Description of Historic Place
The Zion Evangelical Lutheran Church is a large wooden church with a stone and concrete foundation. It borders Fox, York and Cornwallis Streets on a slight slope in Old Town Lunenburg, a Heritage Conservation District in Lunenburg, NS. It has a tall steeple at the Fox Street corner, with a second tower at the southwest corner of the building and green space at the western side of the building. The York Street façade has an addition at its western end. Designation includes the building and surrounding property.
Described as the 'Rock of Lutheranism,' the Zion Evangelical Lutheran Church is valued as the home of Canada's oldest Lutheran congregation. As well, it is valued as an architectural landmark in Old Town Lunenburg, with a steeple that can be seen for kilometers. When German Lutheran settlers first arrived in 1753, the settlers held services in the open air and later at St. John's Anglican Church. The first church on this site was built in 1772 and replaced in 1841 with a Gothic structure. The only remains of the first Lutheran church are the key to the building and the Saint Antoine-Marie bell that had formerly hung in the Fortress of Louisbourg (a French fort located on Cape Breton Island), and had been purchased by the congregation in 1776.
The present building dates from 1890 and was designed in the High Victorian Gothic style. The church's long nave runs the length of the block on Cornwallis Street, with an ornately decorated gable end on Fox Street. The dentil courses and stained glass windows are among the most noticeable elements of the nave. Two asymmetrical towers flank the front façade, each with a different design. The larger one has a pointed arch doorway oriented to the corner of Fox and Cornwallis Streets, and mullioned lancet windows on the upper storeys. It also has a tall spire housing the bell, which is highly visible from many points in Lunenburg, including the harbour approaches. The second tower is pyramidal with windows of various shapes and sizes, making it appealing to the eye. The large hall to the rear of the church was added in 1946 and serves as a meeting place and Sunday school.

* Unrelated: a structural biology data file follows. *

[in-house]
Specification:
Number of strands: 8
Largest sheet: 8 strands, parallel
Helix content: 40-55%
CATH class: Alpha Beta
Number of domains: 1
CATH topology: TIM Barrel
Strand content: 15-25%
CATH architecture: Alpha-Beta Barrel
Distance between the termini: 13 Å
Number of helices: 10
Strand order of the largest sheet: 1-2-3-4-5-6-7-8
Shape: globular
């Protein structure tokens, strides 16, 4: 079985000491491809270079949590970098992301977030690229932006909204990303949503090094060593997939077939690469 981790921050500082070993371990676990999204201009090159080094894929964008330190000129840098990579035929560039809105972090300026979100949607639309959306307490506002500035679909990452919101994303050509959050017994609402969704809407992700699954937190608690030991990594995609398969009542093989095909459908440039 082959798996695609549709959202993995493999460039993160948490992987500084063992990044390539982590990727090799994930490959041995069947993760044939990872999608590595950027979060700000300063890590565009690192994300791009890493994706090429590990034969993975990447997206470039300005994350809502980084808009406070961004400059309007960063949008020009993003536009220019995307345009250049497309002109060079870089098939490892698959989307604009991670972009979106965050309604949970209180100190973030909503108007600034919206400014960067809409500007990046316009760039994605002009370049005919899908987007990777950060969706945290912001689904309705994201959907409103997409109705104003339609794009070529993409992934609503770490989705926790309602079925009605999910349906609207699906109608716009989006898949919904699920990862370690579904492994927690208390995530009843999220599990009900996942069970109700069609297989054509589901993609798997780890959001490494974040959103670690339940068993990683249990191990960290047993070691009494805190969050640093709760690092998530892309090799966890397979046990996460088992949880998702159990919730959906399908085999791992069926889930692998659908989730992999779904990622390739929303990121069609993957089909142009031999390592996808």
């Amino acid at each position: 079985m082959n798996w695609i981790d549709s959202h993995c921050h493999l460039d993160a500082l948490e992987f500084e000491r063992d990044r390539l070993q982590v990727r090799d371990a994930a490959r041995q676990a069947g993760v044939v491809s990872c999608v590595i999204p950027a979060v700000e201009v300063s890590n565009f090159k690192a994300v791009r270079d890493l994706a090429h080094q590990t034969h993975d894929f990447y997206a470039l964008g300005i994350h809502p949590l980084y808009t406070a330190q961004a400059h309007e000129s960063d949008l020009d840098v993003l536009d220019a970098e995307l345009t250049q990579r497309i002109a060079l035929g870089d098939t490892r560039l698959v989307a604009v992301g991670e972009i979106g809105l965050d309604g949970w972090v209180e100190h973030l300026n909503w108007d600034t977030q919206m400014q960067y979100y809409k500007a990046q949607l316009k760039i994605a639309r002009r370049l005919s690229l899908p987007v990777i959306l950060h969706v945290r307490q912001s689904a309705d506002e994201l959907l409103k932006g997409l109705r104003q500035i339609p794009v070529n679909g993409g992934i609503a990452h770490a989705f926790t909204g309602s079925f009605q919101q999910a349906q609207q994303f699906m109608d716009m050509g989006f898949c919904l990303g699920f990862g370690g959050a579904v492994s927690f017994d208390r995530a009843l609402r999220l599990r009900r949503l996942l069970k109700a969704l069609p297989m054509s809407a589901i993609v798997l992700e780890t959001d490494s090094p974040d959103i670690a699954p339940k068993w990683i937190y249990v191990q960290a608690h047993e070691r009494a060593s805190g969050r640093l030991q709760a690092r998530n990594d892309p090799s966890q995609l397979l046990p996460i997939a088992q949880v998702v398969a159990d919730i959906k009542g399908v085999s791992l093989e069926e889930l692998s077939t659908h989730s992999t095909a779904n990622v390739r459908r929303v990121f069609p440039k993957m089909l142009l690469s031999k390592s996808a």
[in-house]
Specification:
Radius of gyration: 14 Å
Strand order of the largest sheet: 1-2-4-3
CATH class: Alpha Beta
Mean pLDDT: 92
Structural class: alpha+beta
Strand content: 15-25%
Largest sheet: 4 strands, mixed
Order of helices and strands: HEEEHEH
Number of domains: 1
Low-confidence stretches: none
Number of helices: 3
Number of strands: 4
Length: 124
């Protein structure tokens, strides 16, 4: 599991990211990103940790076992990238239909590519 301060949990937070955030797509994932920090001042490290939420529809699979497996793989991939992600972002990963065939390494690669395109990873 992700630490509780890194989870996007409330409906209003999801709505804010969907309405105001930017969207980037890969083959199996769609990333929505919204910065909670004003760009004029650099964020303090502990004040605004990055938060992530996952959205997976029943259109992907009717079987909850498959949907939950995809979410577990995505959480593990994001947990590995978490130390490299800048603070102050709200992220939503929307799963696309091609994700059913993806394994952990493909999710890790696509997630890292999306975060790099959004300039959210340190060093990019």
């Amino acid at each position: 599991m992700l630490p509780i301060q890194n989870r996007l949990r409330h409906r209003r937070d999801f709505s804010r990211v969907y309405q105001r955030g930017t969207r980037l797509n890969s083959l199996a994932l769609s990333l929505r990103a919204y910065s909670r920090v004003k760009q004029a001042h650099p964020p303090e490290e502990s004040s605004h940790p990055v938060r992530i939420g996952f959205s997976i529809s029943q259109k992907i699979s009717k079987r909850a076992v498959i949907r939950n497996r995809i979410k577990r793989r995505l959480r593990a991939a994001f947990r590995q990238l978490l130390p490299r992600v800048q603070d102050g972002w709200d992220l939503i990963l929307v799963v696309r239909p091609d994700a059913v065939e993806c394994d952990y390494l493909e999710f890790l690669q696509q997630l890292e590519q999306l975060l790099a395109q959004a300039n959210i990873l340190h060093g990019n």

The commanding scale and vertical composition of the Zion Evangelical Lutheran Church speak to the fundamental importance of the Lutheran congregation in Lunenburg from its settlement to the present day.
Source: Heritage Designation File 66400-40-27, Town of Lunenburg.
The character of the Zion Evangelical Lutheran Church is defined by its use by the Lunenburg Lutheran community and its High Victorian Gothic architecture, including such elements as:
- vertical composition and large scale of the building, suggesting prominence in the community, and accentuated with a highly visible, asymmetrical façade and spire;
- location on a hill overlooking Old Town Lunenburg, and in close proximity to the streetline and neighbouring homes, suggesting a close knit relationship with the community;
- two towers at either end of the front façade; the western one with circular and lancet windows and a short, pyramidal tower with a finial and louvred gablet ; the other with a tall spire, the main entranceway, small louvred gablets on each side, and lancet windows on each storey;
- Saint Antoine-Marie bell housed in the taller tower;
- use of contrasting window styles on the whole building, including large stained glass windows and gothic windows on the nave, a triangular attic window with curved edges in the gable end, ascending paired mullion windows in the spire tower, an 'oculus' window and mullion windows in the shorter tower, and arched transom windows over the entranceways;
- strongly defined entranceways, one with a set of brick steps leading up to it in the southeastern tower, the other at ground level in the southwestern tower; both have double hung doors and pointed arch transom windows that draw in the viewer;
- wooden clapboard cladding, with dentil courses at each storey, moulded wooden belt courses and steep gable roof, which is echoed in the smaller gable roofs over the large windows at the sides of the nave, smaller entrances and the hall at the rear;
- Artemus Hall located at the northern end of the church, that was added in 1946, used as a community centre for the congregation, with a roof and window design that echoes the nave and demonstrates the unity of the community centre and the actual place of worship.